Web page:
A short story about a long run
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From a school girl running the streets of London to a world record-breaking athlete racing on mountains, long-distance runner Lizzy Hawker is an inspiration to anyone who would like to see how far they can go, running or not. This is the complete story of Lizzy’s journey, uncovering the physical, mental and emotional challenges that runners go through at the edge of human endurance.
Scared witless and surrounded by a sea of people, Lizzy Hawker stands in the church square at the centre of Chamonix on a late August evening, waiting for the start of the Ultra Trail du Mont Blanc. The mountains towering over the pack of runners promise a grueling 8,600 metres of ascent and descent over 158 kilometres of challenging terrain that will test the feet, legs, heart and mind. These nervous moments before the race signal not just the beginning of nearly twenty-seven hours of effort that saw Lizzy finish as first woman, but the start of the career of one of Britain’s most successful endurance athletes.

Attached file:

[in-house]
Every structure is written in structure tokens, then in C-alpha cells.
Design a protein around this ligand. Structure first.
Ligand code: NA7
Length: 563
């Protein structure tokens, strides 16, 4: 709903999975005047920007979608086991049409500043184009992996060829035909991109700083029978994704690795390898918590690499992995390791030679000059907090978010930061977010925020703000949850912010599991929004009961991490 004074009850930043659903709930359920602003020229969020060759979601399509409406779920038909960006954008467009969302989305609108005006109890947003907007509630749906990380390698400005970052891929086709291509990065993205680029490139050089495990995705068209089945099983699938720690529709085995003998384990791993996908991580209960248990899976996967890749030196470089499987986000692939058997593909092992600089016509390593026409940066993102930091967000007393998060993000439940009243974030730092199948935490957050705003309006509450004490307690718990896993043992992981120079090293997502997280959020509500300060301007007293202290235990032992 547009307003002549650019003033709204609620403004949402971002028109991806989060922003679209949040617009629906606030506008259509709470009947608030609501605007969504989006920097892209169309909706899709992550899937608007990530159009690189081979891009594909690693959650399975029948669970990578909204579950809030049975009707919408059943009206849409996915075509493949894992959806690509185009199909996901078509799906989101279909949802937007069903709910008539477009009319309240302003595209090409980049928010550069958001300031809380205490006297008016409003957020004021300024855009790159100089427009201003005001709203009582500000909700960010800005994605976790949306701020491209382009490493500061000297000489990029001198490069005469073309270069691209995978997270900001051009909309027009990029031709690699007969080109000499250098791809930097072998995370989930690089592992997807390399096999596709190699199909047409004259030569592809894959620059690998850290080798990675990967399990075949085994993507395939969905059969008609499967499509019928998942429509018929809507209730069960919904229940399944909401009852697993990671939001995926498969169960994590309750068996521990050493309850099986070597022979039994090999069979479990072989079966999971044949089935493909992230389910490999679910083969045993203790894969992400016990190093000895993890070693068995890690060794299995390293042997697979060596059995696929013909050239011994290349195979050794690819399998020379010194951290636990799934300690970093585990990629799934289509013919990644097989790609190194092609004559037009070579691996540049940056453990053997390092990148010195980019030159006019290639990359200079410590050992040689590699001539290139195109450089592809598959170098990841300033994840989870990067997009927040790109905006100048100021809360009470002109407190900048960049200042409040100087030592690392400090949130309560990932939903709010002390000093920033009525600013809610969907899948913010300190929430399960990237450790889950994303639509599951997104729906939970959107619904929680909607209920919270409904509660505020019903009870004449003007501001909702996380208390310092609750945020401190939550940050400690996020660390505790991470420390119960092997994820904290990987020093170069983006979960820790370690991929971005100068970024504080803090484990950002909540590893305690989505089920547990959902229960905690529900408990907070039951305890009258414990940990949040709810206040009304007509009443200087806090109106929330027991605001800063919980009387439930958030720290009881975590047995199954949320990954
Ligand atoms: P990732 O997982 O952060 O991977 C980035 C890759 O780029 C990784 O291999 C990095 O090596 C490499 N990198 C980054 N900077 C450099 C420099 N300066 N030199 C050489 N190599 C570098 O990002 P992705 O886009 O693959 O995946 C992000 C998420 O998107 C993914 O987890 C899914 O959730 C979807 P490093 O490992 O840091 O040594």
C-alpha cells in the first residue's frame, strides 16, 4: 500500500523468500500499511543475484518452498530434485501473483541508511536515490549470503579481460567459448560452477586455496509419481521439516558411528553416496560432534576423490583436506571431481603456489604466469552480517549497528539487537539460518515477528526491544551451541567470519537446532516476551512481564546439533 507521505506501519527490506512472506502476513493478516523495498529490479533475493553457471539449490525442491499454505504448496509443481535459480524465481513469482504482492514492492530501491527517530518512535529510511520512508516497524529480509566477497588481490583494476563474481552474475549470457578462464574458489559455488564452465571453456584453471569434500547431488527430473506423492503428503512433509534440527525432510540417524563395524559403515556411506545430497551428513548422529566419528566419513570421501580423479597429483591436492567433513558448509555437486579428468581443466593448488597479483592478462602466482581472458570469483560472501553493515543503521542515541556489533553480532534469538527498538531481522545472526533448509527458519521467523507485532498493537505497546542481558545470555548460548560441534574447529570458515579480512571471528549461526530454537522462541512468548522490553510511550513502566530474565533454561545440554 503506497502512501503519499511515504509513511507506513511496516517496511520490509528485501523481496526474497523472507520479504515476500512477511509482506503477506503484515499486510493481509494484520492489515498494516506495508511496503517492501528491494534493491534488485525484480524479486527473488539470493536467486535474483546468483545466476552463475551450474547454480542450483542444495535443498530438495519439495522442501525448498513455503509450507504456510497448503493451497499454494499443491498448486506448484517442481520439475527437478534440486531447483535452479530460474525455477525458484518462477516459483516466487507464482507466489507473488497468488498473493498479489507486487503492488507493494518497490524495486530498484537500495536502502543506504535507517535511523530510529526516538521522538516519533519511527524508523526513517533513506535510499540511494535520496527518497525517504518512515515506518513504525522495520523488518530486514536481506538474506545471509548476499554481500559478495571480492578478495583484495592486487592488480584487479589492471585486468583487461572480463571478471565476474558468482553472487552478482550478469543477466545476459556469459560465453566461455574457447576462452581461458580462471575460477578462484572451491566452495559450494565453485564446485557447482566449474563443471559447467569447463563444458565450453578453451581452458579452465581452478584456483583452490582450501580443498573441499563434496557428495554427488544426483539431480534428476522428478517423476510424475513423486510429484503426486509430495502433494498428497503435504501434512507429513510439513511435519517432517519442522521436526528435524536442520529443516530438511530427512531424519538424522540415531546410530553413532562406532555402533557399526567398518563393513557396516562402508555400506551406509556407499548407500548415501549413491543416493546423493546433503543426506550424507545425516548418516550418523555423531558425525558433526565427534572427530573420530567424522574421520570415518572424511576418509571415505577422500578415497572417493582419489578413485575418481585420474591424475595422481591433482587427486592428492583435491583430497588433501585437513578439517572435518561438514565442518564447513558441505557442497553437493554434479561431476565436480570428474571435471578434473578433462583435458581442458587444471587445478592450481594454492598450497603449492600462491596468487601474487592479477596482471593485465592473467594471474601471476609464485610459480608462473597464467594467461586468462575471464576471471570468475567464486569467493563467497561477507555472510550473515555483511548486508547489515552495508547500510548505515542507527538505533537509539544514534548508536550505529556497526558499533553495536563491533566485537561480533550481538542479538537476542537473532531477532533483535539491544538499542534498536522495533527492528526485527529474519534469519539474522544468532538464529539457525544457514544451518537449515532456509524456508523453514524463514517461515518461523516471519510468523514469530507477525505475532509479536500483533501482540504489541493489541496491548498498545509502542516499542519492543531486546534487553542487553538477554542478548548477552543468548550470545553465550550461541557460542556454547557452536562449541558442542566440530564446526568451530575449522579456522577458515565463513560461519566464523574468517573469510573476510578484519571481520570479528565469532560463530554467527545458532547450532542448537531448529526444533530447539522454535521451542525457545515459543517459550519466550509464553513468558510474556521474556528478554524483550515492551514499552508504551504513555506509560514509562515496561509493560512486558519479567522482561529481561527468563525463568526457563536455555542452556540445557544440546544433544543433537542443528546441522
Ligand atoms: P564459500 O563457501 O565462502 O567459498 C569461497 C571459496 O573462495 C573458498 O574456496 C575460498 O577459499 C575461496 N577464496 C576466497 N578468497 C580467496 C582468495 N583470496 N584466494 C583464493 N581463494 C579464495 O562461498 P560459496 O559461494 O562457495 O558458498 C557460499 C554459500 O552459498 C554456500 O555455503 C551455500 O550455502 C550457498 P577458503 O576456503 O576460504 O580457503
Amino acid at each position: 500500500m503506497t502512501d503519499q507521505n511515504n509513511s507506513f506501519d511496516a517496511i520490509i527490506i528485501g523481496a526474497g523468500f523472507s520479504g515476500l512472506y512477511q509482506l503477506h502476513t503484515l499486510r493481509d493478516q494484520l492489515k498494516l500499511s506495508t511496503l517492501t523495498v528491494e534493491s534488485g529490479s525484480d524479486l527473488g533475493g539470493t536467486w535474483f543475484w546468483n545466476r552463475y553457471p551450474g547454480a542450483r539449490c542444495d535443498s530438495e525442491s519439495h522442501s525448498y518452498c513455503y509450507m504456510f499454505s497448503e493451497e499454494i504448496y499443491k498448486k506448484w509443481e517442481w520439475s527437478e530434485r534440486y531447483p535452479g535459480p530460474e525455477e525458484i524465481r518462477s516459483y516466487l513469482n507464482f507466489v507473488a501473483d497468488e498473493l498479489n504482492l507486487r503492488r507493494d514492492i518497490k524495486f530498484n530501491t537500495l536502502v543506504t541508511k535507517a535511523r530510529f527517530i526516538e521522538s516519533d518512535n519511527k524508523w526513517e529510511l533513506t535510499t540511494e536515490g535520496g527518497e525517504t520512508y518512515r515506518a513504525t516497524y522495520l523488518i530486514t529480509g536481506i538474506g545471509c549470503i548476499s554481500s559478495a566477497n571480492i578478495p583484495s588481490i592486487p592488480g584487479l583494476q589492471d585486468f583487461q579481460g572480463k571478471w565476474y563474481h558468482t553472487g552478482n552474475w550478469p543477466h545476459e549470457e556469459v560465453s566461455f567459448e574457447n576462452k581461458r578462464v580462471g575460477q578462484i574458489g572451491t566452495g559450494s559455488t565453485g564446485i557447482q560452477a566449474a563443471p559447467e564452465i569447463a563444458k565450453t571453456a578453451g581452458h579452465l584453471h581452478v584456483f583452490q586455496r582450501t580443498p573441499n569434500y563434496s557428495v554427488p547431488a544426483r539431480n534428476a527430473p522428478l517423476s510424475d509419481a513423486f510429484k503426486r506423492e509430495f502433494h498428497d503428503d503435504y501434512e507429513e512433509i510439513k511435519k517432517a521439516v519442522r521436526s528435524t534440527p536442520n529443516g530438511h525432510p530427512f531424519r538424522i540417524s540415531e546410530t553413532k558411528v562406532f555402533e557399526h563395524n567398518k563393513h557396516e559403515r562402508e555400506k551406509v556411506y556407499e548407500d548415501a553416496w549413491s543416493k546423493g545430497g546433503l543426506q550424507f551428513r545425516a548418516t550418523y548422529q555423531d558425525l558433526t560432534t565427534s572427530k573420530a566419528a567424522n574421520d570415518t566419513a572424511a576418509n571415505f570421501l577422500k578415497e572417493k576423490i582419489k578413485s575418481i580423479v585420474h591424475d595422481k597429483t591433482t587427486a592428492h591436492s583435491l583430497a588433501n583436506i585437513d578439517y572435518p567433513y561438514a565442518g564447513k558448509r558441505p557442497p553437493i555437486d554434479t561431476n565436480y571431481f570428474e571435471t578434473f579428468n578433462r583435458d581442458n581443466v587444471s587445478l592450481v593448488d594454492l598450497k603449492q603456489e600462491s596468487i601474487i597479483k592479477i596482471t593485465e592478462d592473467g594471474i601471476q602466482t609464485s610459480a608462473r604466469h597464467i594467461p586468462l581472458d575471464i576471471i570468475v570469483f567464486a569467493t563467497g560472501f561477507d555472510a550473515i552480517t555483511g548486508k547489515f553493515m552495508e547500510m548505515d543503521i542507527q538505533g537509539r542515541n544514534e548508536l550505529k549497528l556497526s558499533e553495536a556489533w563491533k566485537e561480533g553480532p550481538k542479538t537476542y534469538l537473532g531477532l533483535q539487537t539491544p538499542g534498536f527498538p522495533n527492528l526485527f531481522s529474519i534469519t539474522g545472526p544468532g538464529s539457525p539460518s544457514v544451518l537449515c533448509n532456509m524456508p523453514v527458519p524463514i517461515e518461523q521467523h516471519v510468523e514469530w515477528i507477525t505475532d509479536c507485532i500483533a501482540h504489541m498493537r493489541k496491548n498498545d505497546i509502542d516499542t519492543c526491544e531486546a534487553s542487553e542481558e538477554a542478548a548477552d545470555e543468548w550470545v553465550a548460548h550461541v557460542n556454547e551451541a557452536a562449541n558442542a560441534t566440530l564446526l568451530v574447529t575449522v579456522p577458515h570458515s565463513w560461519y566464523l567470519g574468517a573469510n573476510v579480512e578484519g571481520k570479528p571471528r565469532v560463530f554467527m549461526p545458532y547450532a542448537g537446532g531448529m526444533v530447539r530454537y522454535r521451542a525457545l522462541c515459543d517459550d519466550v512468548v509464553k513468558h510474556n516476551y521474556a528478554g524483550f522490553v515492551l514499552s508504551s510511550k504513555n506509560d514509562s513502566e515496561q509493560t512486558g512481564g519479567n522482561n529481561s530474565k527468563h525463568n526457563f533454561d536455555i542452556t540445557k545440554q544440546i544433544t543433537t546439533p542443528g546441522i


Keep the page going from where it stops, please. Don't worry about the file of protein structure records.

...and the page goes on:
She went on to become the 100km Women’s World Champion, win the Ultra Trail du Mont Blanc an unprecedented five times, hold the world record for 24 hours road running and become the first woman to stand on the overall winners’ podium at Spartathlon. Lizzy’s remarkable spirit was recognised in 2013 when she was a National Geographic Adventurer of the Year.
Praise For Runner: A short story about a long run…
Aurum Press, 9781781311479, 288pp.
Publication Date: June 15, 2015
About the Author
Inspired by mountains and wilderness, Lizzy Hawker 'fell' into the world of ultra-distance and endurance running more by chance than by design. Endurance has always been a way of life for Lizzy, rather than a sport. But having the courage to take some unexpected opportunities opened doors, and her achievements snowballed both on the road and the trail. She is the world record holder for 24hrs and was the 2006 world champion in 100km on the road. She is also 4-time winner of The North Face Ultra Trail du Mont Blanc, and in 2011 set a new record running from Everest Base Camp to Kathmandu.